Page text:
TFE3 and TFEB function in renal and myeloid cells.
In parallel, we are interested in defining TFE3's and TFEB's role in other cell types, such as in the kidney, where they are involved in malignancy. We discovered that TFE3 and TFEB are LIF-responsive transcriptional activators of E-cadherin expression in mesenchymal cells, and when over-expressed as they are in renal tumors in which they are mutated induce expression of the Wilm's Tumor 1 (WT1) transcription factor (J Biol Chem. 2005 Aug 26;280(34):30225-35). WT1 and LIF are important for renal tubule development, and E-cadherin expression is developmentally regulated in developing renal tubules. We are very interested in exploring this pathway in renal and other lineages like dendritic and myeloid cells in which E-cadherin expression is developmentally regulated.

The regulation of early B cell development by the preBCR
A remarkable property of B and T cells is that they must assemble the genes encoding their antigen receptors via a DNA rearrangement process known as V(D)J Recombination. Although this process yields billions of genetically unique antigen receptor genes with a corresponding diversity of antigen binding specificities, the DNA recombination process itself is ignorant of the functionality of the protein that may (or may not) be encoded by the assembled gene. Because of this, at all points during lymphocyte life, the functionality of the antigen receptor is tested for structural soundness and antigen binding specificity. In B cell progenitors, the gene encoding the immunoglobulin heavy-chain (IgH) component of the antibody is rearranged first. If an IgH protein is made, its functionality is tested by whether it can form a signal transduction complex with an Ig light chain (IgL)-like molecule known as the surrogate light chain. This complex, known as the preBCR, tranduces instructive signals that activate a program of B cell differentiation and proliferation (J Immunol. 2005 Jul 1;175(1):358-66). Without a preBCR, progenitor cells do not develop; people that are genetically incapable of making a preBCR are profoundly immune deficient because they lack antibody producing B cells. Despite its importance, how the preBCR signals has been enigmatic. We showed that preBCR surface expression was not required for signal transduction, but that productive preBCR signaling is possible from intracellular, post-ER membranes such as the trans-Golgi (J Immunol. 2006 Jun 1;176(11):6862-72). Collectively, these findings called into question long-standing models positing that surface localization and extracellular ligands were vital for preBCR signaling. Future projects will ask how well intracellular preBCR signaling supports B cell development and allelic exclusion in vivo.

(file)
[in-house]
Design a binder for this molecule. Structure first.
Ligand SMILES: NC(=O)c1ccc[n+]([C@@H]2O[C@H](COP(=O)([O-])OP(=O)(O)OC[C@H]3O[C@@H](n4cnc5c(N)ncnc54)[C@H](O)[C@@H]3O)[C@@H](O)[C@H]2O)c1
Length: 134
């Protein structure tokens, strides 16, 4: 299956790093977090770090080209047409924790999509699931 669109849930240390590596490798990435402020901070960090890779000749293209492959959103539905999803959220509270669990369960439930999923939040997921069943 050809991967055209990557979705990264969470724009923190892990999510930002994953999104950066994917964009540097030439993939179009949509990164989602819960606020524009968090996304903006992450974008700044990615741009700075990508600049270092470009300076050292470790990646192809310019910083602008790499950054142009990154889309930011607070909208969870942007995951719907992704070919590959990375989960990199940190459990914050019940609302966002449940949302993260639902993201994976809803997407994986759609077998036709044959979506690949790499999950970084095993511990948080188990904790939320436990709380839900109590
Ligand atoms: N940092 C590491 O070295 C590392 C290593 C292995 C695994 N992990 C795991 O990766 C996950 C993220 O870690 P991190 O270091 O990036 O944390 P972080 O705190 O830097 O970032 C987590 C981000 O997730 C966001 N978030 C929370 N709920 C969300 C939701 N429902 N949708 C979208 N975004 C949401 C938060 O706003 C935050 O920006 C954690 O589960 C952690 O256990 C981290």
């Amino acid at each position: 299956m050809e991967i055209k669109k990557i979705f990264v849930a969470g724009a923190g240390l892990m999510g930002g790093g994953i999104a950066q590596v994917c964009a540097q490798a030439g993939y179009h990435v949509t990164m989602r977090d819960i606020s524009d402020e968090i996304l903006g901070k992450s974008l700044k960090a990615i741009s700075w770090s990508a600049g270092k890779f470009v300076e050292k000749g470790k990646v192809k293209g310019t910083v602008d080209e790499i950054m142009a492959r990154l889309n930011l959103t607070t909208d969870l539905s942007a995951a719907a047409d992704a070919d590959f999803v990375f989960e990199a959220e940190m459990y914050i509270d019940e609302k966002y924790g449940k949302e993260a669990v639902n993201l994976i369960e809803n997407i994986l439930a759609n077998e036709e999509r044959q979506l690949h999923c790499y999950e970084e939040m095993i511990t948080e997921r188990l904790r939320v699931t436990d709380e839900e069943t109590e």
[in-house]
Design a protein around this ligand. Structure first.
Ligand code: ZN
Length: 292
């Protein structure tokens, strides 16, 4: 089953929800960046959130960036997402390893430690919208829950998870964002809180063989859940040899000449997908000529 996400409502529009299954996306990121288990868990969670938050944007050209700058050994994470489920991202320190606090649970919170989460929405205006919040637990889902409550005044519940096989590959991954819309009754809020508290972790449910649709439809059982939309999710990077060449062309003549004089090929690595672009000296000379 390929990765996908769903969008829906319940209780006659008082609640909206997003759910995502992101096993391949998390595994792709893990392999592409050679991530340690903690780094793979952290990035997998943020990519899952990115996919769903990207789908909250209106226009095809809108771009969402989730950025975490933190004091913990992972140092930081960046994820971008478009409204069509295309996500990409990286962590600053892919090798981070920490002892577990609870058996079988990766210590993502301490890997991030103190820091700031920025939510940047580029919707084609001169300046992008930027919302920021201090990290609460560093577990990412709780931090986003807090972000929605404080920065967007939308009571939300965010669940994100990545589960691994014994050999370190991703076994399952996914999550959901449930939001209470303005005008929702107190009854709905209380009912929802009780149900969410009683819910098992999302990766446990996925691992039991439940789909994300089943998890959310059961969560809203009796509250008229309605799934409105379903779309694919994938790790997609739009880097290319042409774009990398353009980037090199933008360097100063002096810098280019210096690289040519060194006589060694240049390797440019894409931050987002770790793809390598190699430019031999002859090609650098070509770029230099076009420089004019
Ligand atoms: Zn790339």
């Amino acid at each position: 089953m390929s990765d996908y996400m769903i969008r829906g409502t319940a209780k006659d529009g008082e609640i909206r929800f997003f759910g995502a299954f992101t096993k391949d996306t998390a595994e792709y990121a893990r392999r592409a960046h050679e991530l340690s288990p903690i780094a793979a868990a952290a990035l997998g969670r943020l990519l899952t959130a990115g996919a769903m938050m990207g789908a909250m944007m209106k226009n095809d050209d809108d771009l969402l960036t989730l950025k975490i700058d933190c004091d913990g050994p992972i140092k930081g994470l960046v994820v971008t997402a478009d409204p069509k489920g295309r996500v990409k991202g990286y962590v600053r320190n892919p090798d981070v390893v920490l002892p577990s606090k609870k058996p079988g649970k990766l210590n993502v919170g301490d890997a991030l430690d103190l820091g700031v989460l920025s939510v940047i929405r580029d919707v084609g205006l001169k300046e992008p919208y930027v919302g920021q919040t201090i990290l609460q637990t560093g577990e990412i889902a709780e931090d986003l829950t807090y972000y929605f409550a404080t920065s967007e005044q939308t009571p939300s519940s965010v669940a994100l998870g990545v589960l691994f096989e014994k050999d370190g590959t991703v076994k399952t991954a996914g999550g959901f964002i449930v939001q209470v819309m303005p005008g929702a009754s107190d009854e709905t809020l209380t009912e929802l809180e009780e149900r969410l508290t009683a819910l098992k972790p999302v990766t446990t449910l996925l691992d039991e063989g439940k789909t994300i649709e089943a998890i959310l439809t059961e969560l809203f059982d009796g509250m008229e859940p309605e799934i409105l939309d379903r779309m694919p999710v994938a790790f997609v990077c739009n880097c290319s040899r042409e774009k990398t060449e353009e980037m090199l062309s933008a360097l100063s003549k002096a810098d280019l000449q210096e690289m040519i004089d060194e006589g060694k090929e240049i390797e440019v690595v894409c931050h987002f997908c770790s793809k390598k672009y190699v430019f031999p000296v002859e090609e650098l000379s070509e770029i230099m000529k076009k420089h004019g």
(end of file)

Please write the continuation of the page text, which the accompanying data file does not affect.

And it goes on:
B.A. Biochemistry, 1984 Harvard University

Ph.D. Biological Chemistry, 1991, University of California, Los Angeles

Post-Doctorate, 1992-1994 The Rockefeller Univeristy; 1994-1998 the Massachusetts Institute of Technology


  1. Huan C, Kelly ML, Steele R, Shapira I, Gottesman SR, Roman CA. Transcription factors TFE3 and TFEB are critical for CD40 ligand expression and thymus-dependent humoral immunity. Nat Immunol. 7 (10): 1082-1091. Epub 2006 Aug 27., 2006.
  2. Guloglu FB, Roman CA. Precursor B cell receptor signaling activity can be uncoupled from surface expression. J Immunol. 176 (11): 6862-72., 2006.
  3. Guloglu FB, Bajor E, Smith BP, Roman CA. The unique region of surrogate light chain component lambda5 is a heavy chain-specific regulator of precursor B cell receptor signaling. J Immunol 175 (1): 358-66., 2005.